Bill Gates Comes For a Share of President Kenyatta’s Laptops

June 5, 2013
President Kenyatta with Microsoft Global President, Jean-Philippe Courtois and Dr. Fred Matiangi [Photo||PPS]

Microsoft, the company that has made Bill Gates the richest man in the world, is not willing to be left behind in President Kenyatta’s free laptop program.

Yesterday, the president hosted Microsoft Global President Jean-Philippe Courtois and his delegation at State House Nairobi, where he was assured that Microsoft will support the government in training all primary school teachers to enable them implement the programme by January 2014.
Mr Courtois said his company will work with different partners to develop at least five enterprises in each County to provide technical support in hardware, connectivity and software to all schools in the country.

He also assured the president that Microsoft will develop a research and innovation hub at Konza Technology Park to support software developers in the country.

President Kenyatta on his part assured Mr Courtois that his government will provide all the facilitation needed to roll out the partnership in line with the existing laws and regulations. He urged the Ministries of Education and Information Communication and Technology to work closely with Microsoft in order to come up with a framework of rolling out the partnership immediately.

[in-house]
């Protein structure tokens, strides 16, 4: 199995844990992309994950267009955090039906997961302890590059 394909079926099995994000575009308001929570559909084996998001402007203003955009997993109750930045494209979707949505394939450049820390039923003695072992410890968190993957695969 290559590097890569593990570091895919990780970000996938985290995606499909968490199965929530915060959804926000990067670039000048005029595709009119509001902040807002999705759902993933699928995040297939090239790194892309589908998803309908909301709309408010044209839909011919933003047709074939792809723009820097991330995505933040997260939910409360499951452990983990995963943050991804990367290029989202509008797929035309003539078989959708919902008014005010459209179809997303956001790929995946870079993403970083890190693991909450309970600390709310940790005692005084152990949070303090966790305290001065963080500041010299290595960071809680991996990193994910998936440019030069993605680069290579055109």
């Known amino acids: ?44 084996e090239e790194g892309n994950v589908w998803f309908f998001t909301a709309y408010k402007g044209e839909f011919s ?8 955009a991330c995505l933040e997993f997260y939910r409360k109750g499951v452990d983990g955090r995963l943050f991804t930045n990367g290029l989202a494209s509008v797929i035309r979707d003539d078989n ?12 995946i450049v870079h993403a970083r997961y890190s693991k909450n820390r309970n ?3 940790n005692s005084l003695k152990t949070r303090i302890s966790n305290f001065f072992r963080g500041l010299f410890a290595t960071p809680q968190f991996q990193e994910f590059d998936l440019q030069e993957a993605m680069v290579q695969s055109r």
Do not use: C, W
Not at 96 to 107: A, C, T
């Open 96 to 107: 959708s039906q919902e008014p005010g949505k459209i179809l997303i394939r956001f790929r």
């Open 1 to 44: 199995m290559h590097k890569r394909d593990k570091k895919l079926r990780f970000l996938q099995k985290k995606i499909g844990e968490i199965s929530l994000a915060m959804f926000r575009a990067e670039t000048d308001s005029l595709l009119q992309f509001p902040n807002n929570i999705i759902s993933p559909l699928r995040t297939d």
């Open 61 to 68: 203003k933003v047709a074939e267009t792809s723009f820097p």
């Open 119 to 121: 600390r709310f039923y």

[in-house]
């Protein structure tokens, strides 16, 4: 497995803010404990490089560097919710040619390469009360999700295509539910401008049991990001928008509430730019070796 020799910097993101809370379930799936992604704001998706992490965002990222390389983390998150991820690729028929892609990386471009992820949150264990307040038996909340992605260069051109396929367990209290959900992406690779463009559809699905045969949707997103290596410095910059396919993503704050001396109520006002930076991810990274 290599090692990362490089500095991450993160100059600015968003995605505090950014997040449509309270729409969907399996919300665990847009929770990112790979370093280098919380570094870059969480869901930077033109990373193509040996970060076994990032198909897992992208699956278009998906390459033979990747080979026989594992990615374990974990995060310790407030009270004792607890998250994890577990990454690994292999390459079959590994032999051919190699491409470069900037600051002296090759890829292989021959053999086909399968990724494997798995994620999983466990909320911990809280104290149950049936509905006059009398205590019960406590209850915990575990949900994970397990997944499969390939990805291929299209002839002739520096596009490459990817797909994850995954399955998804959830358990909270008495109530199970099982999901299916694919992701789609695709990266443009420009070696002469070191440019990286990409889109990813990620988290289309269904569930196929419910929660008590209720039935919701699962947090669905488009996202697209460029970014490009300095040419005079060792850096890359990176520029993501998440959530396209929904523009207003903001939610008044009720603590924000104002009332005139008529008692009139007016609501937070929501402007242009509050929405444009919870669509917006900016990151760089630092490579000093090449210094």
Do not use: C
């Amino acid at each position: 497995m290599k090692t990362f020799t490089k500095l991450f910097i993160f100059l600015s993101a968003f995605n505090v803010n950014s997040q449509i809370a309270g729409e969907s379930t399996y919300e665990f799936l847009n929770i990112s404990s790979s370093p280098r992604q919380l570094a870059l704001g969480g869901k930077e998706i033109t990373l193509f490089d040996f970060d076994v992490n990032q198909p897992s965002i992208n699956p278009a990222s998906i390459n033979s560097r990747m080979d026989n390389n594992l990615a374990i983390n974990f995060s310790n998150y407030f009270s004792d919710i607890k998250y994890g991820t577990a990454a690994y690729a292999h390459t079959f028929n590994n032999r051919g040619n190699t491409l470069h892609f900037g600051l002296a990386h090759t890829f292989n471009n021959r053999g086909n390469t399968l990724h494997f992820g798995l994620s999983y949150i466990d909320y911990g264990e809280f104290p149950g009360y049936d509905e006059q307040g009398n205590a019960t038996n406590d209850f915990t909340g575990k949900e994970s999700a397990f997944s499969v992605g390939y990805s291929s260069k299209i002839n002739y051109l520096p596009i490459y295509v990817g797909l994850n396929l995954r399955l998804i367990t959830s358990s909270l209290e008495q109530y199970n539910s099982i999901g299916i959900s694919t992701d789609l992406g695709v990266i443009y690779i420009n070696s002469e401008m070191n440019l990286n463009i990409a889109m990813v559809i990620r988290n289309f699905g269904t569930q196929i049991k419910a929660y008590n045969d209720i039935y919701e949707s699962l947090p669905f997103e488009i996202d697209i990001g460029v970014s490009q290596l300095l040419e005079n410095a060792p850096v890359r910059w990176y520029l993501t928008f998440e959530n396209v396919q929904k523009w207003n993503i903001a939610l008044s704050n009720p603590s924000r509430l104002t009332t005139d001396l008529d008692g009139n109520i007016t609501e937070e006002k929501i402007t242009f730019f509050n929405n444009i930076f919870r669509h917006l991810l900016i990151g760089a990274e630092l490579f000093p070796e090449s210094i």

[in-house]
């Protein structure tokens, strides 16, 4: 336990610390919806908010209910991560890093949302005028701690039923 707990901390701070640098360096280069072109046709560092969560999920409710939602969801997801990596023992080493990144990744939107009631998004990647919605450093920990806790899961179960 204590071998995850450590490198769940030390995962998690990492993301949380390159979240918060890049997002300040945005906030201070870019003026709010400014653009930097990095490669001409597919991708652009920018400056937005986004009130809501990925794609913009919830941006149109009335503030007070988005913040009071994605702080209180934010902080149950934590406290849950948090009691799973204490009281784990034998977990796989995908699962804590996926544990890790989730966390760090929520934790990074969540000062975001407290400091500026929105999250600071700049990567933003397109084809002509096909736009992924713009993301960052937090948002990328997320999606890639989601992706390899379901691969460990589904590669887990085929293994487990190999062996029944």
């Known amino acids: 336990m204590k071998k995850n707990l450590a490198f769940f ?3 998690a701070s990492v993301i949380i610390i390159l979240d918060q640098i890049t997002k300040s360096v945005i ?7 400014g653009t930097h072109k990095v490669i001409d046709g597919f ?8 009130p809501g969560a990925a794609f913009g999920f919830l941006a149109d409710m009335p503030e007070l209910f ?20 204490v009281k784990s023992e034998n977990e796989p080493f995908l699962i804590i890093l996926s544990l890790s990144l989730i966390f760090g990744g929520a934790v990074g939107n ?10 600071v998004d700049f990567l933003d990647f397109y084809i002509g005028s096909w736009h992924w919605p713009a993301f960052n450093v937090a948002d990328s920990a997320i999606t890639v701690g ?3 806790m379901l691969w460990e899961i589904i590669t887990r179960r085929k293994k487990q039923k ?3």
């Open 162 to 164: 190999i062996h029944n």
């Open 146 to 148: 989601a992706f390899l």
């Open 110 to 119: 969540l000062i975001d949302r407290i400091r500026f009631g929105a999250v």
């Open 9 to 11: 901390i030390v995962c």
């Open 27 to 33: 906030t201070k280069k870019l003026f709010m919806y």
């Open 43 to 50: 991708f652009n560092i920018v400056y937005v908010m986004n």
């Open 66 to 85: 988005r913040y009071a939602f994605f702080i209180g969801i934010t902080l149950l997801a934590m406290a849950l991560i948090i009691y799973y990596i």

Behind the press release, it is believed that in essence, Microsoft bagged the deal to equip the laptops with its software. 
Most recognized among its brands are Windows, Microsoft Word, Microsoft Powerpoint, and Microsoft Excel.

In retail terms, a single Windows disk goes for between Sh 5000 and Sh 15000. Microsoft Office software – which includes Word, Excel, PowerPoint among others, retail at around Sh 5000. 

Even if the government will get some good discount, it is clear this is big business for Microsoft, and that can be explained by the presence of its global president.

Over a decade ago, some Asian countries introduced a similar laptop programme in their schools. Their governments chose the free and open source Linux operating system, as opposed to Microsoft’s Windows. 
The children grew up using Linux, and years later, they still are. Microsoft lost some of those countries permanently, and sure, they’re not ready to repeat the same mistake in Kenya.

If our children are brought up using Linux, chances are they’ll still use Linux twenty years from now.
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